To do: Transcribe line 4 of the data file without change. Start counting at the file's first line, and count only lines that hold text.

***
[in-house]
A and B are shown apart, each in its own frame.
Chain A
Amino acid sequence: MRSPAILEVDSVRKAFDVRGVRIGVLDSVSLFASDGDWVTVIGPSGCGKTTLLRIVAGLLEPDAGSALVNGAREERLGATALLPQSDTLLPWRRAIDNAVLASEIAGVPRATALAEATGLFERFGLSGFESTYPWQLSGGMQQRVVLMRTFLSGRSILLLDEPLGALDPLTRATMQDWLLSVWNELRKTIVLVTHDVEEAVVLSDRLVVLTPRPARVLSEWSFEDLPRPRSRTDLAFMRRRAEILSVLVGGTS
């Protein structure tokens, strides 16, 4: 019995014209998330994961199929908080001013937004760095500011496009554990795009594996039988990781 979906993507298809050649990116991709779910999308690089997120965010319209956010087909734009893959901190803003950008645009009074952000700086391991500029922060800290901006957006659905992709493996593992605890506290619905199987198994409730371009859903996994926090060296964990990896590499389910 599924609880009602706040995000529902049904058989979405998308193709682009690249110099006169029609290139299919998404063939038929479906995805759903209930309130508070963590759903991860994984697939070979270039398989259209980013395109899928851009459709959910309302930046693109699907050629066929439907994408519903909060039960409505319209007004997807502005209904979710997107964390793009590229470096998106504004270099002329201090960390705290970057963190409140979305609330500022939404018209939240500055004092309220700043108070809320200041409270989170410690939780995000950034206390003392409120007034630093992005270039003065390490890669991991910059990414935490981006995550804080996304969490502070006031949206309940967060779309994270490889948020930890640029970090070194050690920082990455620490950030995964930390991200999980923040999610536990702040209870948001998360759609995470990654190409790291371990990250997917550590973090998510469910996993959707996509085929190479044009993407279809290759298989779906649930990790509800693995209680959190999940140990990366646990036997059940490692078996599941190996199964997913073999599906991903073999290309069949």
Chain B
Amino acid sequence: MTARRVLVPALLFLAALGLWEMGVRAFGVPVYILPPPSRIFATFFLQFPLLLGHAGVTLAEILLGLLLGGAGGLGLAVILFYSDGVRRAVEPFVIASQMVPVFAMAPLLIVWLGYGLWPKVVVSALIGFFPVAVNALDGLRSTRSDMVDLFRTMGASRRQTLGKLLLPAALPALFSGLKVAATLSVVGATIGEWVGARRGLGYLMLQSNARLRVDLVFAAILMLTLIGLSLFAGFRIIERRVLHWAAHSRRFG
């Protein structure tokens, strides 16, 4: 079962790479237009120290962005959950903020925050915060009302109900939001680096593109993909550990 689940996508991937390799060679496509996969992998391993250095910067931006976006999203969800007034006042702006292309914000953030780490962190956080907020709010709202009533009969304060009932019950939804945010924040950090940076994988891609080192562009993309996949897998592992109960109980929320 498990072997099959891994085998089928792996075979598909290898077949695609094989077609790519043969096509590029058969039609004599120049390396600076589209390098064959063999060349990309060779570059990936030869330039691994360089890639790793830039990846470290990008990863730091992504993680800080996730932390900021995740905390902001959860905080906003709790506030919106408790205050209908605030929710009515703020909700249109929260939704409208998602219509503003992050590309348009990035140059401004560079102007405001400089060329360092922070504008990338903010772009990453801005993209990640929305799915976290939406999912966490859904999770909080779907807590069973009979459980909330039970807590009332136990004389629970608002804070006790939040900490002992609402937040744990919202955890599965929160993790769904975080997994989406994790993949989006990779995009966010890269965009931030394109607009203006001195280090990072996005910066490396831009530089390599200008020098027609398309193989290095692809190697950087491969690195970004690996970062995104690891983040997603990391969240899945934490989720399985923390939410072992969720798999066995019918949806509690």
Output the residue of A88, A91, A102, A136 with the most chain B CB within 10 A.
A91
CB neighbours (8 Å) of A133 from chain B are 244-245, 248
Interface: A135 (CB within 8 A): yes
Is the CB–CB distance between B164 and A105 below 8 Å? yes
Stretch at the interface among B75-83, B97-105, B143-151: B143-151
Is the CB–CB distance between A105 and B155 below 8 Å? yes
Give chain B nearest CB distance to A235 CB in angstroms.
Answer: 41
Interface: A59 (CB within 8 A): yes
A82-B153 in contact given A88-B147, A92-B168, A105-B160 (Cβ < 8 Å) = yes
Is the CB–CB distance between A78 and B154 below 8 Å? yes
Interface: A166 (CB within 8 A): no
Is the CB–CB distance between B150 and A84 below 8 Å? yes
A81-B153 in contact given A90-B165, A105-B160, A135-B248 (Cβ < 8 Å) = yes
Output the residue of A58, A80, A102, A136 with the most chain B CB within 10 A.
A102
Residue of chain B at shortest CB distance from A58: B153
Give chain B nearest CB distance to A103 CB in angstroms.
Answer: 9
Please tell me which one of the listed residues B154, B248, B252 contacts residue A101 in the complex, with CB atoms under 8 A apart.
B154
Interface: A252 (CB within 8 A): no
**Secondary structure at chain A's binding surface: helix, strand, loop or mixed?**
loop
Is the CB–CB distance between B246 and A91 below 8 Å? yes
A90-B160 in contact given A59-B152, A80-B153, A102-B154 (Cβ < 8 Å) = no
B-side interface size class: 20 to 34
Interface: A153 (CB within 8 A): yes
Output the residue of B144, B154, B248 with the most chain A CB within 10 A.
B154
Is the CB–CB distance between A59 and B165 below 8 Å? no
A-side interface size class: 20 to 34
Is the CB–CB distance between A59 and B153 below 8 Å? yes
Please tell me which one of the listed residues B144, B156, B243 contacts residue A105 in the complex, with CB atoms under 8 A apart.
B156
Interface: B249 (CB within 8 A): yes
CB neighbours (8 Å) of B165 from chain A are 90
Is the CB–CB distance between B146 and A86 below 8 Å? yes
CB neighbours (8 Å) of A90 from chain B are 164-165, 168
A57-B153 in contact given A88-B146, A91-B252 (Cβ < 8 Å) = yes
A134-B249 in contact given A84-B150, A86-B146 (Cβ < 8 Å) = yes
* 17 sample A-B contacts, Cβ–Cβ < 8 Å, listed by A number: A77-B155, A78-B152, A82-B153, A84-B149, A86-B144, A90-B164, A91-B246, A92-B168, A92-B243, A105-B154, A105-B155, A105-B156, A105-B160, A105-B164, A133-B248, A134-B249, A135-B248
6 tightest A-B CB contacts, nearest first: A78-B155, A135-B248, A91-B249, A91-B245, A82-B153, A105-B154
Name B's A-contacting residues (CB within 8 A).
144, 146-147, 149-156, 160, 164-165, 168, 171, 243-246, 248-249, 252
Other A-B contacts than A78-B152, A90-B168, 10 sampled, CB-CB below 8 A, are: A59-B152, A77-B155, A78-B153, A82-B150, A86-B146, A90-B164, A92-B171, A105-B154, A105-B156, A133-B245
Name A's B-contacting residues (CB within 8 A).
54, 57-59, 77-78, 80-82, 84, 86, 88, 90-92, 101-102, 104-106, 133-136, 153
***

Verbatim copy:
Amino acid sequence: MRSPAILEVDSVRKAFDVRGVRIGVLDSVSLFASDGDWVTVIGPSGCGKTTLLRIVAGLLEPDAGSALVNGAREERLGATALLPQSDTLLPWRRAIDNAVLASEIAGVPRATALAEATGLFERFGLSGFESTYPWQLSGGMQQRVVLMRTFLSGRSILLLDEPLGALDPLTRATMQDWLLSVWNELRKTIVLVTHDVEEAVVLSDRLVVLTPRPARVLSEWSFEDLPRPRSRTDLAFMRRRAEILSVLVGGTS